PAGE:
B. Federal oversight of education

C. A system of public and private education

D. None of the above

9. Which of the following is explicitly mentioned in the Constitution (including its amendments)?

A. The right to keep and bear arms

B. Separation of church and state

C. The right of association

D. The right to privacy

10. According to the Constitution, in order to run for the U.S. House of Representatives, a candidate must:

A. Reside in the state where elected for 5 years

B. Reside in the state at the time of declaring candidacy

C. Reside in the state when elected

D. Reside in the congressional district to be represented

ANSWERS: 1. B, 2. C, 3. D, 4. D, 5. B, 6. D, 7. C, 8. D, 9. A, 10. C

 David Davenport is a research fellow at the Hoover Institution and Gordon Lloyd is professor of public policy at Pepperdine University.

(C) San Francisco Chronicle 2008
To view the article:  http://articles.sfgate.com/2008-09-17/opinion/17160772_1_natural-born-citizen-celebration-of-constitution-day-ben-franklin

Electoral College Quiz (San Francisco Chronicle) July 4, 2008

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Like the 4th of July, the Electoral College is distinctively American. Suspicious of pure democracy, the founders designed separation of powers and various checks and balances in the American republic, including the elector system. Today many are puzzled by it, and few seem to understand its value and purpose, much less the details of how it operates. How much do you know about the Electoral College?

1. When and where does the Electoral College meet to do its work?

a. Annually in Washington, D.C.
b. Every 4 years in Washington, D.C.
c. Every 4 years at a rotating site
d. Never

2. Why did the Founders favor the elector system?

a. To protect slavery and avoid civil war
b. To give states a role in the election process
c. To exclude women from the franchise
d. The founders did not favor it, it was added later

3. Where in the Constitution is the Electoral College established?

a. Article II (about executive powers)
b. The 12th amendment (adopted in 1804)
c. Both a and b
d. It is not in the Constitution

4. The popular vote for president of the United States is:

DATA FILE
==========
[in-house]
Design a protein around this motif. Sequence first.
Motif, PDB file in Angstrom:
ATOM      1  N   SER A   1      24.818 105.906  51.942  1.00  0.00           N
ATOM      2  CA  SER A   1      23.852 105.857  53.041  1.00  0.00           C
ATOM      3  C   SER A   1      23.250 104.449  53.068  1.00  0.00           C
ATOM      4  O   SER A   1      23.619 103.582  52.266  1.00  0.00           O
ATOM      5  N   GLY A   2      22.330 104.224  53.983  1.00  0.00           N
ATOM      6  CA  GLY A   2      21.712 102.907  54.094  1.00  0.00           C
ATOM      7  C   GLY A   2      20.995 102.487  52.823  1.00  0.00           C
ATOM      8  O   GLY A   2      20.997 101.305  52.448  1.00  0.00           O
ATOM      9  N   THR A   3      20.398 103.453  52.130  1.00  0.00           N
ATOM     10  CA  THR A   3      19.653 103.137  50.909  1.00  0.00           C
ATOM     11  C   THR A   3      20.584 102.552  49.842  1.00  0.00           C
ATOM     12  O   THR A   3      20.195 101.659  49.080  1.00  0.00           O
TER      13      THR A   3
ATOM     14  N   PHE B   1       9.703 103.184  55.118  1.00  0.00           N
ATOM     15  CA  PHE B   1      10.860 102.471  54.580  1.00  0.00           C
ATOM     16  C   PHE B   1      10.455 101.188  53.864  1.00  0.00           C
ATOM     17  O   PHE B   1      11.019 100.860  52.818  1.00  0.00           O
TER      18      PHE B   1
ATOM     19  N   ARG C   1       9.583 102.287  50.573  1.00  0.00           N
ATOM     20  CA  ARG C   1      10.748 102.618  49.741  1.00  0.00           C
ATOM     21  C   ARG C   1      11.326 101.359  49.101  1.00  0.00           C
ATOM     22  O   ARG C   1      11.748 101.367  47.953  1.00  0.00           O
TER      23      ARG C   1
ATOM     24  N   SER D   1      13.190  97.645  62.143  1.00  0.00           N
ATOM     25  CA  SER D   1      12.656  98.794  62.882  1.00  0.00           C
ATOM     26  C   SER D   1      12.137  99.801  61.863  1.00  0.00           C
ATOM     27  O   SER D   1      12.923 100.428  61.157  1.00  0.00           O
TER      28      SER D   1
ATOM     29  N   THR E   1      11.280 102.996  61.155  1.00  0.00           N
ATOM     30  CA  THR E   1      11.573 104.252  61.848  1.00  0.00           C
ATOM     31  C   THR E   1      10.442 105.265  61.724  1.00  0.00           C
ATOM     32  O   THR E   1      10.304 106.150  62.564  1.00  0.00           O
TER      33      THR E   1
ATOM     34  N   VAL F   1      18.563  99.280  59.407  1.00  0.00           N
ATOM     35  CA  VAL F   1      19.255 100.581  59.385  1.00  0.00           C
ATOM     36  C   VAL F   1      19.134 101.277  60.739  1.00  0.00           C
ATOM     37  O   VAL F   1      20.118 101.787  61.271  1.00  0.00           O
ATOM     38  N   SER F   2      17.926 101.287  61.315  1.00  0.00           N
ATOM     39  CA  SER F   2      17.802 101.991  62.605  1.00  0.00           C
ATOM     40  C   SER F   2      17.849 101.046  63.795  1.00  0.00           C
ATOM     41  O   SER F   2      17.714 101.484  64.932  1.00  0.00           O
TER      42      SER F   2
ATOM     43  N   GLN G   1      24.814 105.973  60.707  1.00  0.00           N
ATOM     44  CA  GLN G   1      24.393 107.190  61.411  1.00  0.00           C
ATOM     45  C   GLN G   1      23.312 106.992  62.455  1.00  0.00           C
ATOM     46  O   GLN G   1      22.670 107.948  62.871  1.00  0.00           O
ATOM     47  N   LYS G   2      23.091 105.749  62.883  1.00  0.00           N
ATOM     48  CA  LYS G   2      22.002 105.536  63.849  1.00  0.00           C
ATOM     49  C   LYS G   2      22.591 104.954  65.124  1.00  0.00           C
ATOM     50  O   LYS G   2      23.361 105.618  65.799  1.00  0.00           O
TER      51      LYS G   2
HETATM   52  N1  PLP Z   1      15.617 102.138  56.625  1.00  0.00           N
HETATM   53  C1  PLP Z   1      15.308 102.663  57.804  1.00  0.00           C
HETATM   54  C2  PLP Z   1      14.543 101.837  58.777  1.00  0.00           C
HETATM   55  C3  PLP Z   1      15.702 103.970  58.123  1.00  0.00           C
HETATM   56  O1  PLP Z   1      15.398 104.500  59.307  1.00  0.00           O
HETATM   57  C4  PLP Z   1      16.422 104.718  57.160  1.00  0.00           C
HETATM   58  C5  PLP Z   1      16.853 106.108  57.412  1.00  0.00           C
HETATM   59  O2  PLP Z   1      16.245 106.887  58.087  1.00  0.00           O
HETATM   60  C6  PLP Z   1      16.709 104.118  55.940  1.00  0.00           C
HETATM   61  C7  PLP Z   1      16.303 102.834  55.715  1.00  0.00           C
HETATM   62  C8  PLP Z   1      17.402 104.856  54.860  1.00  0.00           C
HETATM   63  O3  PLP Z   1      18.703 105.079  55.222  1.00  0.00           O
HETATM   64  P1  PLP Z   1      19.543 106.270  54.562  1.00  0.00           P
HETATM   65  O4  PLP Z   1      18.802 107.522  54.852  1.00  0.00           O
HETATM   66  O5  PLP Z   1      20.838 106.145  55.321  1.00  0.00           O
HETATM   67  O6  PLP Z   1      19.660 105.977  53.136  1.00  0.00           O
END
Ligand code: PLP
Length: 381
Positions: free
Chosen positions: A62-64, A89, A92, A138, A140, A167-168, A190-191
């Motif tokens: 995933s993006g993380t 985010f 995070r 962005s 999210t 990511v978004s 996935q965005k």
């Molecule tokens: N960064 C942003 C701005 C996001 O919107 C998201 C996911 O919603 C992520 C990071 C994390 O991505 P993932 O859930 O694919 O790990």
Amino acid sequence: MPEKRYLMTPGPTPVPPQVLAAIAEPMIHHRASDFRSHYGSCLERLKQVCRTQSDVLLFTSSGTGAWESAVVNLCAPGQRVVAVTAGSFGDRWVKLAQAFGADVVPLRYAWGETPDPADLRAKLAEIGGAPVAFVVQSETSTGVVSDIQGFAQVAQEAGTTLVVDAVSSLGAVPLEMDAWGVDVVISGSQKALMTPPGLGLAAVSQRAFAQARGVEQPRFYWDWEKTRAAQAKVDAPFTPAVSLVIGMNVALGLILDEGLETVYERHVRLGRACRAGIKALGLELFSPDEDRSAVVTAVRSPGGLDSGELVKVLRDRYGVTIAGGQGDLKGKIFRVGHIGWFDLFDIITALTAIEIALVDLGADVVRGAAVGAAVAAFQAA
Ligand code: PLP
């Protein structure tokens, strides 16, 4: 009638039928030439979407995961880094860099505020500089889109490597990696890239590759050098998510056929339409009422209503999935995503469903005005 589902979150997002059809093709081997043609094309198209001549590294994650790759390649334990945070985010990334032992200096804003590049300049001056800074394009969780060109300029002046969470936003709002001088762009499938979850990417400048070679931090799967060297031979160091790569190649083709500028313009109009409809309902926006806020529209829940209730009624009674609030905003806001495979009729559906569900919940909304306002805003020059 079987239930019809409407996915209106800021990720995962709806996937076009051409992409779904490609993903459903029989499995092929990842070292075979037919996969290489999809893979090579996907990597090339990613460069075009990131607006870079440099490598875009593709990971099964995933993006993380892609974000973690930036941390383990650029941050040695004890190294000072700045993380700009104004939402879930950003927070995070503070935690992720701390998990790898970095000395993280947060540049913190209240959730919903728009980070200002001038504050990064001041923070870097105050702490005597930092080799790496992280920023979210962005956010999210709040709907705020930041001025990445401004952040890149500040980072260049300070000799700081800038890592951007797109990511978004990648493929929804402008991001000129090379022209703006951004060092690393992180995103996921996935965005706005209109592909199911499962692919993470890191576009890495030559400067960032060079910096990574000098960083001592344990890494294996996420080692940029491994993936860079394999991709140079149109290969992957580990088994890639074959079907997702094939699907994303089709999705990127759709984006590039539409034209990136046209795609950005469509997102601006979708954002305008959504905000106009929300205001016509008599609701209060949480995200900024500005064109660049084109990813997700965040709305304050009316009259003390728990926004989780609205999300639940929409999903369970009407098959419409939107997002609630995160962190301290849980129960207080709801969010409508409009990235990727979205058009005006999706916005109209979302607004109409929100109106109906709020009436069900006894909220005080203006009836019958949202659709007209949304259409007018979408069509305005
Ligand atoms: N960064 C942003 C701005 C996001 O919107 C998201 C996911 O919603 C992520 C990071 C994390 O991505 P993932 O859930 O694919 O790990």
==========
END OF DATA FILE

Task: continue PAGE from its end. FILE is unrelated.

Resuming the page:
a. One national election, regulated by Congress
b. 51 state elections (including the District of Columbia)
c. 50 state elections regulated by the states themselves
d. 50 state election regulated by Congress

5. How many proposals have been made to reform or eliminate the Electoral College?

a. 7
b. 70
c. 700
d. 7000

6. Electors in each state are assigned to a candidate based upon:

a. Winner takes all
b. Proportion of the popular vote the candidate wins
c. Whatever formula the state decides
d. None of the above

7. How frequently has a presidential candidate won the most popular votes but was not elected because of the Electoral College?

a. Never
b. Once
c. Twice
d. 3 times

Answers: 1) d 2) b 3) d 4) b 5) c 6) c 7) d

It’s Not Broken, So Don’t Fix It – Misguided tinkering would misshape our society, with Gordon Lloyd(San Francisco Chronicle) October 28, 2007

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If you believe Professor Larry Sabato, the U.S. Constitution–after performing well for more than 200 years–needs an extreme makeover.

In his new book, “A More Perfect Constitution,” the University of Virginia professor rolls the Constitution into the operating room for major surgery, breathlessly prescribing 23 specific revisions in 230 pages. Like the makeover specialists on reality television, he proposes to turn our tired, archaic political body into something trendier for the 21st century.

Sabato’s constitutional redo touches just about everything, and throws in the kitchen sink for good measure. First, he wants to boost the Senate from 100 members to 135, and virtually double the membership of the House, to an even 1,000. There are also term limits for Congress, a new election cycle and, while we’re at it, only one six-year term for the president, with a two-year performance bonus.

But he’s just getting started. A line-item veto, a balanced budget amendment, a limit on the president’s war powers, a mandatory two-year national service program — it’s all there and more.

It’s hard to know how seriously to take such a sweeping proposal. The Constitution provides for amendments but wisely sets the bar too high for regular tinkering. Article V allows two-thirds of the House and Senate to propose an amendment that three-fourths of the state legislatures must approve. It’s not as if that hasn’t worked — there are now 27 amendments to the Constitution, eight of wich were approved between 1932 and 1992.

Professor Sabato is concerned that Congress screens out most proposed constitutional amendments, but as former Kansas Sen. Bob Dole said, “There are a lot of bad ideas in Washington, and someone needs to stop them.”

You don’t have to be a conservative to think it’s a bad idea to call a constitutional convention with 23 revisions on the table. At a recent meeting to discuss Sabato’s proposal, former Democratic vice presidential nominee Geraldine Ferraro said she was afraid of potential mischief in a constitutional convention, noting the system now works pretty well.

Supreme Court Justice Samuel Alito, not certain where we might find the leadership for a second round of framing and founding, said he was “pretty fond of the Constitution we have now.”